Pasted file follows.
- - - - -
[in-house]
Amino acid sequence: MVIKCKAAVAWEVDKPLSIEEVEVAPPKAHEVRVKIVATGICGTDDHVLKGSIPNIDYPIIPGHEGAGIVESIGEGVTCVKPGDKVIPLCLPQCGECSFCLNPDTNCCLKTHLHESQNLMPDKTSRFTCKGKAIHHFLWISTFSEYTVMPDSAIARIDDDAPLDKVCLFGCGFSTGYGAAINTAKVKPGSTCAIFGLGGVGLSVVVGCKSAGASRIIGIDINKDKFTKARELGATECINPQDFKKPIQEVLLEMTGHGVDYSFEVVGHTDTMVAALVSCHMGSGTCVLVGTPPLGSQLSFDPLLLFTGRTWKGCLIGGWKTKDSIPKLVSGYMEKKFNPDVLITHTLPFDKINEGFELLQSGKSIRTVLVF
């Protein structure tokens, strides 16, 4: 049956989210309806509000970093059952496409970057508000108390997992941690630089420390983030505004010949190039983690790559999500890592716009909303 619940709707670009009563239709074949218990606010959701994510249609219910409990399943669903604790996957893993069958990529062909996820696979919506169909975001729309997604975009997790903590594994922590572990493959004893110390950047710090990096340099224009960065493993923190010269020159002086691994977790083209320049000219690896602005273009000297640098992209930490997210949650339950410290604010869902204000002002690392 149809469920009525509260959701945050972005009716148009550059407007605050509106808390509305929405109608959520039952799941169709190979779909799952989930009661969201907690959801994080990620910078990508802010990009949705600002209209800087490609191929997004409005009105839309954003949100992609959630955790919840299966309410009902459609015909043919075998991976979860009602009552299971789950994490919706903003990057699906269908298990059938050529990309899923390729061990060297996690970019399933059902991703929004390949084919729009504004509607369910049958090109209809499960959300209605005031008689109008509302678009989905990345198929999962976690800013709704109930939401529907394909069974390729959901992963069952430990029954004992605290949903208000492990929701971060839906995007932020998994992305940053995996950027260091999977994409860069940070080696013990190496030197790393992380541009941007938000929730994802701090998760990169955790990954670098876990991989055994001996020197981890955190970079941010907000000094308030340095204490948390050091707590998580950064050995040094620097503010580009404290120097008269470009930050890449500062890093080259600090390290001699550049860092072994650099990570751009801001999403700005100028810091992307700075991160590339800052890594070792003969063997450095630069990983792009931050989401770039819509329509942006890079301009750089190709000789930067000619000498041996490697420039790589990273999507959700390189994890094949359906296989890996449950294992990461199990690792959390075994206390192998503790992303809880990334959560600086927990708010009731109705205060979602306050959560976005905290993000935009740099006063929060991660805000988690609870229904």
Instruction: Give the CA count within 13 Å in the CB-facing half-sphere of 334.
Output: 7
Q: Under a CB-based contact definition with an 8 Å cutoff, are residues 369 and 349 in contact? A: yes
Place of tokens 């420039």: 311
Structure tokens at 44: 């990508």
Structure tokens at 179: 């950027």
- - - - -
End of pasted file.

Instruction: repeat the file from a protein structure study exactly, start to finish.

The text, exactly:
[in-house]
Amino acid sequence: MVIKCKAAVAWEVDKPLSIEEVEVAPPKAHEVRVKIVATGICGTDDHVLKGSIPNIDYPIIPGHEGAGIVESIGEGVTCVKPGDKVIPLCLPQCGECSFCLNPDTNCCLKTHLHESQNLMPDKTSRFTCKGKAIHHFLWISTFSEYTVMPDSAIARIDDDAPLDKVCLFGCGFSTGYGAAINTAKVKPGSTCAIFGLGGVGLSVVVGCKSAGASRIIGIDINKDKFTKARELGATECINPQDFKKPIQEVLLEMTGHGVDYSFEVVGHTDTMVAALVSCHMGSGTCVLVGTPPLGSQLSFDPLLLFTGRTWKGCLIGGWKTKDSIPKLVSGYMEKKFNPDVLITHTLPFDKINEGFELLQSGKSIRTVLVF
């Protein structure tokens, strides 16, 4: 049956989210309806509000970093059952496409970057508000108390997992941690630089420390983030505004010949190039983690790559999500890592716009909303 619940709707670009009563239709074949218990606010959701994510249609219910409990399943669903604790996957893993069958990529062909996820696979919506169909975001729309997604975009997790903590594994922590572990493959004893110390950047710090990096340099224009960065493993923190010269020159002086691994977790083209320049000219690896602005273009000297640098992209930490997210949650339950410290604010869902204000002002690392 149809469920009525509260959701945050972005009716148009550059407007605050509106808390509305929405109608959520039952799941169709190979779909799952989930009661969201907690959801994080990620910078990508802010990009949705600002209209800087490609191929997004409005009105839309954003949100992609959630955790919840299966309410009902459609015909043919075998991976979860009602009552299971789950994490919706903003990057699906269908298990059938050529990309899923390729061990060297996690970019399933059902991703929004390949084919729009504004509607369910049958090109209809499960959300209605005031008689109008509302678009989905990345198929999962976690800013709704109930939401529907394909069974390729959901992963069952430990029954004992605290949903208000492990929701971060839906995007932020998994992305940053995996950027260091999977994409860069940070080696013990190496030197790393992380541009941007938000929730994802701090998760990169955790990954670098876990991989055994001996020197981890955190970079941010907000000094308030340095204490948390050091707590998580950064050995040094620097503010580009404290120097008269470009930050890449500062890093080259600090390290001699550049860092072994650099990570751009801001999403700005100028810091992307700075991160590339800052890594070792003969063997450095630069990983792009931050989401770039819509329509942006890079301009750089190709000789930067000619000498041996490697420039790589990273999507959700390189994890094949359906296989890996449950294992990461199990690792959390075994206390192998503790992303809880990334959560600086927990708010009731109705205060979602306050959560976005905290993000935009740099006063929060991660805000988690609870229904």
Instruction: Give the CA count within 13 Å in the CB-facing half-sphere of 334.
Output: 7
Q: Under a CB-based contact definition with an 8 Å cutoff, are residues 369 and 349 in contact? A: yes
Place of tokens 């420039």: 311
Structure tokens at 44: 């990508």
Structure tokens at 179: 């950027």